Earlier this week, co-founders Alexa Treviño and Ivan Lopez of Artillery AG on Mission Street were set to close up permanently.
But in the span of 24 hours and through a key reversal, they are instead forging ahead – raising thousands of dollars to keep their lease and recapture the essence of why they created Artillery 11 years ago.
Photographer Treviño and dual painter/sculptor Lopez opened their creative studio and art gallery in 2009 as a multi-purpose space for artists to create, display, and sell their work and the work of other artists.
In their early years, they also hosted music events, open mic nights, and other live shows, “anything that would sustain the rent,” said Treviño.
While brainstorming positive ways to generate revenue a couple of years ago, a connection of Lopez’ and Treviño’s from the local art world, Matt Mauger, joined the team. Together with Mauger, they launched a ceramics program – four classes for $200. The program helped cover the monthly base rent of $3,900. Utilities, security and other incidentals add another $700 a month.
In April 2019 when their lease was up for renewal, they added Mauger, who at that point had assumed sole ownership of the ceramics program.
With the ceramics program taking up the bulk of the space, Mauger paid the total monthly rent with the program revenue, while Lopez and Treviño made up their smaller share of the rent for the front of the store through sweat equity/labor.
Despite mounting tension and occasional speedbumps between the trio, the arrangement somewhat worked. Then, COVID-19 hit.
The rent went unpaid in April, May and June. By the time their landlord reached out to them this month, Lopez and Treviño had been discussing how Artillery would need to adapt with the changing world.
“The whole model of the whole space needs to change,” said Treviño. “Not only for COVID,” she continued, “but especially businesses of color, like me and Ivan, what are we going to be doing for our Black community too?”
“What’s our social contribution?” Lopez asked. “Business, as usual, can’t just continue.” The two wanted to evolve their business once more.
The two met with Mauger at Artillery to discuss their options on June 15. The initial conversation, hampered by their faltering business partnership, led them to decide to close permanently rather than try to innovate.
After making their decision, Treviño posted a goodbye message on her Instagram.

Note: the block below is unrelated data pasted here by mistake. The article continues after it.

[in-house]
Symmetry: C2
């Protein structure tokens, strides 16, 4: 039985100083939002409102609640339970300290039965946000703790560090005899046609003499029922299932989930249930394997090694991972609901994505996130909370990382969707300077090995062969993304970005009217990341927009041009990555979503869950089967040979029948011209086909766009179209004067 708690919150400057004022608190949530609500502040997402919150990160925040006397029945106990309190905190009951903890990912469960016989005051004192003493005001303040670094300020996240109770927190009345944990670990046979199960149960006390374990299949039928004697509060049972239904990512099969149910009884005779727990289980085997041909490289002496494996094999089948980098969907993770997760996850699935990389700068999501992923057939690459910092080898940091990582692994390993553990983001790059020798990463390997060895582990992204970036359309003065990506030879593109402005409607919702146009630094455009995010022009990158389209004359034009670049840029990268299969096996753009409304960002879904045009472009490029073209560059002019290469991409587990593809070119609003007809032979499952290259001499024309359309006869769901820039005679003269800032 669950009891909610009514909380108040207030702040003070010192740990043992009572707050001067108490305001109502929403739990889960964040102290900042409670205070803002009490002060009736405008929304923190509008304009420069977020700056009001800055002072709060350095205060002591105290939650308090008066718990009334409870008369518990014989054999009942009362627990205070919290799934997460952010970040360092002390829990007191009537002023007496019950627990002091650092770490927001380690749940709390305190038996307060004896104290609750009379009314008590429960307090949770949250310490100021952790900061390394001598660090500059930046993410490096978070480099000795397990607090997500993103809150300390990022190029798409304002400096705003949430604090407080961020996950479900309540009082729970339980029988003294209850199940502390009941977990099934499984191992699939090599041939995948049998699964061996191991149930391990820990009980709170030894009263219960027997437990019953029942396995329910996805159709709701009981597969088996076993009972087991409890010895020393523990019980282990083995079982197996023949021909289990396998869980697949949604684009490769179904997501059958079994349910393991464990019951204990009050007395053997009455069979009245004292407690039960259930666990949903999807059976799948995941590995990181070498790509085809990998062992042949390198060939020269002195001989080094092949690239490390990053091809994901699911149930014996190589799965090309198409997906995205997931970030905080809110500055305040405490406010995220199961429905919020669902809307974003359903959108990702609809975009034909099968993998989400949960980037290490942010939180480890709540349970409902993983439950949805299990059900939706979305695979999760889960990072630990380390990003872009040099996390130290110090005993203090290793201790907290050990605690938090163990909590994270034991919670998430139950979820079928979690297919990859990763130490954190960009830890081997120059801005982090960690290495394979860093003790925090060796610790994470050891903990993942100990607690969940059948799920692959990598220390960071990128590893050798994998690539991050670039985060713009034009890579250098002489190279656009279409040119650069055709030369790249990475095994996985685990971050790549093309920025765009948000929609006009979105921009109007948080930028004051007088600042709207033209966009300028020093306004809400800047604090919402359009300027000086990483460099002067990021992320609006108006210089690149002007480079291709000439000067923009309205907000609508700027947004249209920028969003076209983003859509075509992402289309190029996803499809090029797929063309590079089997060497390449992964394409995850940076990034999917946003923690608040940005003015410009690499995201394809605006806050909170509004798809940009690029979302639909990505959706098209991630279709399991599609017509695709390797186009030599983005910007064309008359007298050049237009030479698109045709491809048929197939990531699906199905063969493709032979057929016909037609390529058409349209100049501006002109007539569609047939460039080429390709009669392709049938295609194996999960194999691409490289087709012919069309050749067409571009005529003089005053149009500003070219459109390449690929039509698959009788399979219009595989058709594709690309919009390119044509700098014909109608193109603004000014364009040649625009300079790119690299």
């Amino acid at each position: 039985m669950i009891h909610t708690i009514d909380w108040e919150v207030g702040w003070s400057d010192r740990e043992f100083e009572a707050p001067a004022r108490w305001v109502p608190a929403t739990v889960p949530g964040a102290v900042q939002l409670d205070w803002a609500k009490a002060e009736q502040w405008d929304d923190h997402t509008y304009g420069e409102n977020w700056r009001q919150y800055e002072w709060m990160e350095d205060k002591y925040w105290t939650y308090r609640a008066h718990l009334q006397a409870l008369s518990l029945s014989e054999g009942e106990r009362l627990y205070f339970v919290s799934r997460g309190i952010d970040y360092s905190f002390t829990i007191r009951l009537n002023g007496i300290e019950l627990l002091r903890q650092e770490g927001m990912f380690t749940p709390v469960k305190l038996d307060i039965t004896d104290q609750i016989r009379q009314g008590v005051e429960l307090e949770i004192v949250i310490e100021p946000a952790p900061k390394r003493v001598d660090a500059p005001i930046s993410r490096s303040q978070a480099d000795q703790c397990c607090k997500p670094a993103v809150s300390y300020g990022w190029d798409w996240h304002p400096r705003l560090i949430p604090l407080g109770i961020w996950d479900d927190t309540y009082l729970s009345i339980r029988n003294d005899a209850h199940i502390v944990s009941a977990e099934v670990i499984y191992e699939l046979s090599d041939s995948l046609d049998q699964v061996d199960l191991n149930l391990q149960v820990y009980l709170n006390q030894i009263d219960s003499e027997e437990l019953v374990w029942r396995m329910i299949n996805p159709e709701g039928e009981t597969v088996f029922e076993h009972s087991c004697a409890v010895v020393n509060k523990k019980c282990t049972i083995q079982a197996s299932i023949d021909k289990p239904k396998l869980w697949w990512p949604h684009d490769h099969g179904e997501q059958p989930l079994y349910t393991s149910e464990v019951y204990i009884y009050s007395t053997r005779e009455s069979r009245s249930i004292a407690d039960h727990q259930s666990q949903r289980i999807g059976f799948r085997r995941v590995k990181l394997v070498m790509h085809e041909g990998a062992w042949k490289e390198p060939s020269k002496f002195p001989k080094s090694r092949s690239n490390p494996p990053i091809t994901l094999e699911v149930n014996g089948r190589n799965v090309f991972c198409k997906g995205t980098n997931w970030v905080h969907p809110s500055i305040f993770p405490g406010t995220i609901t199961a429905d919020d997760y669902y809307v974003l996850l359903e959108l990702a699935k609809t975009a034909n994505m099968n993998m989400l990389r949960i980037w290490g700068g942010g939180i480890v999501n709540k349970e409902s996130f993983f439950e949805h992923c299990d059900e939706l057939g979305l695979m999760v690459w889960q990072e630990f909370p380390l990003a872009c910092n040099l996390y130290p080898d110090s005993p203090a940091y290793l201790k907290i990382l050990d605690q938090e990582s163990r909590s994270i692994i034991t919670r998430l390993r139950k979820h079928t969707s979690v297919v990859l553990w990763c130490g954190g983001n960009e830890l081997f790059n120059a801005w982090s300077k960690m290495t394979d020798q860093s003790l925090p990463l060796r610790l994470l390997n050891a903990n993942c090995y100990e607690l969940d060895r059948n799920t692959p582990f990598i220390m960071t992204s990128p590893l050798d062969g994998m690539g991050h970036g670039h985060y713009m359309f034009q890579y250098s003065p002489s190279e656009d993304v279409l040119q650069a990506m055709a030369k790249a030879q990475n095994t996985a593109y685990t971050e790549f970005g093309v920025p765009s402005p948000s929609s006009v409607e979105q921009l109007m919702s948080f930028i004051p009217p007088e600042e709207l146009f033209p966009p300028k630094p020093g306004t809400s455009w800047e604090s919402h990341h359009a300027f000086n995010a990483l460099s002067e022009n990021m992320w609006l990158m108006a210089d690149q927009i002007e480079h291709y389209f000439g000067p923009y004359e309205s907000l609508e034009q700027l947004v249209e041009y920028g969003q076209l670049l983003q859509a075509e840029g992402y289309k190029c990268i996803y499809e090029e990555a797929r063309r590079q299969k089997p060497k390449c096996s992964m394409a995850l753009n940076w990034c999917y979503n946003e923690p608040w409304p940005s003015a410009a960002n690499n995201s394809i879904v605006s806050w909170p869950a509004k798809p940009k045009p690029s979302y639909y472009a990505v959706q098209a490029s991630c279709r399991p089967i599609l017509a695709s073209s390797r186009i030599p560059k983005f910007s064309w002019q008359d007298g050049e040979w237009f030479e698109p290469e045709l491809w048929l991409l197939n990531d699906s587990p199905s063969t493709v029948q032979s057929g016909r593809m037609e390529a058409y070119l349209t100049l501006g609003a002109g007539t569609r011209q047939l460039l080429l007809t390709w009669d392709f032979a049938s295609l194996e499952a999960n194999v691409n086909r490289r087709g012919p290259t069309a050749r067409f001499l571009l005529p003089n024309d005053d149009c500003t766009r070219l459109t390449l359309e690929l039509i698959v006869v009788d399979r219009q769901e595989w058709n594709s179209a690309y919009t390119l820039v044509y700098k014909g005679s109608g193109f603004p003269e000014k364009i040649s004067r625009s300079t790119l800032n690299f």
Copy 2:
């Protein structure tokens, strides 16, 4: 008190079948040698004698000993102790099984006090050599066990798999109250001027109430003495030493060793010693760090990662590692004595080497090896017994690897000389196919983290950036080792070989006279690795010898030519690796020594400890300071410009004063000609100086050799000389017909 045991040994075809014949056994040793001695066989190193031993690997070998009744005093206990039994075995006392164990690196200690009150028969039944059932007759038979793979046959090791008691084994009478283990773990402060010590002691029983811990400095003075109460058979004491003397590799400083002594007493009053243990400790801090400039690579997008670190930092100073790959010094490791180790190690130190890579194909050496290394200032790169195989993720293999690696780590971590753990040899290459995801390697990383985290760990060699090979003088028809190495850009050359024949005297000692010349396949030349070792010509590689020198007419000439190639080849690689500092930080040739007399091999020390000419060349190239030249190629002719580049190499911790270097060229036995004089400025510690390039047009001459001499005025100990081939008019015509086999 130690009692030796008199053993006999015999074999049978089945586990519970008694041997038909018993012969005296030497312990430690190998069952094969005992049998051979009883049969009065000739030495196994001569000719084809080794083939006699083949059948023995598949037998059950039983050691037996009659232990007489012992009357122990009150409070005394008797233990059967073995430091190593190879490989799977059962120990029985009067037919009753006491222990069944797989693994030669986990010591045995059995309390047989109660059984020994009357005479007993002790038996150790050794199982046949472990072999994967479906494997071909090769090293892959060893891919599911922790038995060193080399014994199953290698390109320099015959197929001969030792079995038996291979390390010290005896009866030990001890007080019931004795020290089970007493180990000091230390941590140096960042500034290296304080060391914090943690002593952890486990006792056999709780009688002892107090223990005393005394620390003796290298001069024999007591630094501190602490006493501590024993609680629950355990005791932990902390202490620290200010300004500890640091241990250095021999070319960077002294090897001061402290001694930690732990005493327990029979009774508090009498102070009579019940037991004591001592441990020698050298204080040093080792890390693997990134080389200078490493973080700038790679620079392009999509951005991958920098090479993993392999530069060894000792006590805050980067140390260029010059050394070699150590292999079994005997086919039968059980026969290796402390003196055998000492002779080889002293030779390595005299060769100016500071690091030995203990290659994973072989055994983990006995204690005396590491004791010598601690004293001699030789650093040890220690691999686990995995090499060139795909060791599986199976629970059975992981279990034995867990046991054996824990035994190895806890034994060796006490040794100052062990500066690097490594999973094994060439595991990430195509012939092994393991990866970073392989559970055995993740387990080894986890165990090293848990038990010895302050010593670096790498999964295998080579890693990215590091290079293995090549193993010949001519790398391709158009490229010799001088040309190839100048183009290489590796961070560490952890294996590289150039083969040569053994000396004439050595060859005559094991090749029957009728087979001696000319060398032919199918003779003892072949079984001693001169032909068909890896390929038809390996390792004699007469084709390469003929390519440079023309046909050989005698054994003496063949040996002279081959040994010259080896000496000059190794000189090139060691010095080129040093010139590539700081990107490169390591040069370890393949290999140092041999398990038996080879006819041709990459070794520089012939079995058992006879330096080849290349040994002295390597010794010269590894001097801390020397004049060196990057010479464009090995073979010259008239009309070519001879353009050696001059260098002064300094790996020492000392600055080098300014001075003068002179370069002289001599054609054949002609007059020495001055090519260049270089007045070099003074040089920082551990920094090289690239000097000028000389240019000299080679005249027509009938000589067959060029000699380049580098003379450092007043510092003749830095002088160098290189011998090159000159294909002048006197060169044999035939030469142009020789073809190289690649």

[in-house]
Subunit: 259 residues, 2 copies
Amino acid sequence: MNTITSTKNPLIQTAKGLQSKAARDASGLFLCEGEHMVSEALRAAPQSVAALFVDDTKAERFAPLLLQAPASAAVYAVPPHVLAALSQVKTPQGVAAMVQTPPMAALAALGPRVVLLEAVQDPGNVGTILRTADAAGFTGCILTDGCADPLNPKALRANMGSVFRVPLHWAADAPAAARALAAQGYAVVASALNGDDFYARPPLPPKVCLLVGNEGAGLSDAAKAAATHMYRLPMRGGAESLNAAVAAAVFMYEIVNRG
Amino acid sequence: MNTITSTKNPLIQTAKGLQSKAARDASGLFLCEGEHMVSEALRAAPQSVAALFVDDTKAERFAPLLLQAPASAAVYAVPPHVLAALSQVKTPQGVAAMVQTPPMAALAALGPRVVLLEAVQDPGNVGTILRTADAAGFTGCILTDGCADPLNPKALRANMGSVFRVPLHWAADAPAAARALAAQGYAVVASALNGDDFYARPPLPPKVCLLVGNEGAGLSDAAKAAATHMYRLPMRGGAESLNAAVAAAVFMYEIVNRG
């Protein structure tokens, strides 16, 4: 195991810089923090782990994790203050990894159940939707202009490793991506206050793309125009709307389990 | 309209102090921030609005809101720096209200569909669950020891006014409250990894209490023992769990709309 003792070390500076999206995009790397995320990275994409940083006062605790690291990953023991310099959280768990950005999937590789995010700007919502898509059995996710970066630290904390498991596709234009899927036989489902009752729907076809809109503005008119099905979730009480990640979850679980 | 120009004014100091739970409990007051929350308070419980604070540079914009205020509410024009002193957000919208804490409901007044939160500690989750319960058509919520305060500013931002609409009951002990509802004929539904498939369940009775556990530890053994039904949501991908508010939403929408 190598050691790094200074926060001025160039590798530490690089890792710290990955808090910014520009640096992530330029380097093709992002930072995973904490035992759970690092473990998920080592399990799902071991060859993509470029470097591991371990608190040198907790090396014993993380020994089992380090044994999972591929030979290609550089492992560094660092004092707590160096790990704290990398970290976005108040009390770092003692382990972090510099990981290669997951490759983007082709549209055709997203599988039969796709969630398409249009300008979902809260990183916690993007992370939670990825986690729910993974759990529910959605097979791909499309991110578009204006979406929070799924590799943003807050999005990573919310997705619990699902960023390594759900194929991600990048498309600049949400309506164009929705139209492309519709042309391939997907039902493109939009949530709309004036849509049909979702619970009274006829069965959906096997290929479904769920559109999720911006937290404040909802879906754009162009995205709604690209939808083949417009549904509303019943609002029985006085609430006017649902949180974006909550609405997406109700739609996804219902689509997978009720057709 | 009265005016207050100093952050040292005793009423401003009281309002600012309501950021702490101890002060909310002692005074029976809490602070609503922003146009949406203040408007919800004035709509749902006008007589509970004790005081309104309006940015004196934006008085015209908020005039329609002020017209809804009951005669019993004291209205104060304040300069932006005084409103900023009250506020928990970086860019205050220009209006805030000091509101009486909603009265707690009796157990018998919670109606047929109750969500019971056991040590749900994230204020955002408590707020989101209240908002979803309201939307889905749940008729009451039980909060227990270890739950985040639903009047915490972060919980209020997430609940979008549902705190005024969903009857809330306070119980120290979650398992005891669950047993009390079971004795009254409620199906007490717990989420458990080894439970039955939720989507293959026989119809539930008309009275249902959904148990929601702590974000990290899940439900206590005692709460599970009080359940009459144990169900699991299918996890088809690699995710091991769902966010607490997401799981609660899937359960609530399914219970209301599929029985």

“After, not even 20 minutes, my phone was blowing up,” she said.
And around the same time, Mauger reached out to Lopez and asked how to fix the situation. Ultimately, he agreed to pay his share of the back rent and is removing his name from the lease.
“I hope that they are fruitful,” Mauger said, referring to Lopez and Treviño.
Now, a mere few days later, the space is back in the hands of the two who created it, also roughly back where they started.
“We’re starting from zero, we have no members right now,” said Treviño. “We are literally needing to build up, and ask the community through GoFundMe to help secure the space.”
They needed enough money – $15,000 – to pay their share of the back rent from the previous months, utilities, and to cover the month of July. They launched a GoFundMe, and in the past few days raised more than $16,000.
The support from the community has boosted their spirits, and their motivation. “I knew that this place was magical and important,” said Treviño. “It’s just insane, like how many people have been calling us and being like, ‘Yo, how can we support, how can we support.’”
But to be able to pay for some renovations–revamping to be COVID safe–and other needs to not only survive, but thrive, they’re hoping to raise more.
“We want to do art that’s intentional,” Lopez said, adding that some ideas include a scholarship for members of the BIPOC community for the ceramics program, which they will start up again on their own, and opening their gallery walls for BIPOC artists. “I want to make the space accessible for people,” said Treviño.
“I just want people to know that we’re thankful for their support, and that we want to do better,” she said. “We’re not trying to stay stagnant.”
Here is a video from 2o17 when Artillery was going through a change.
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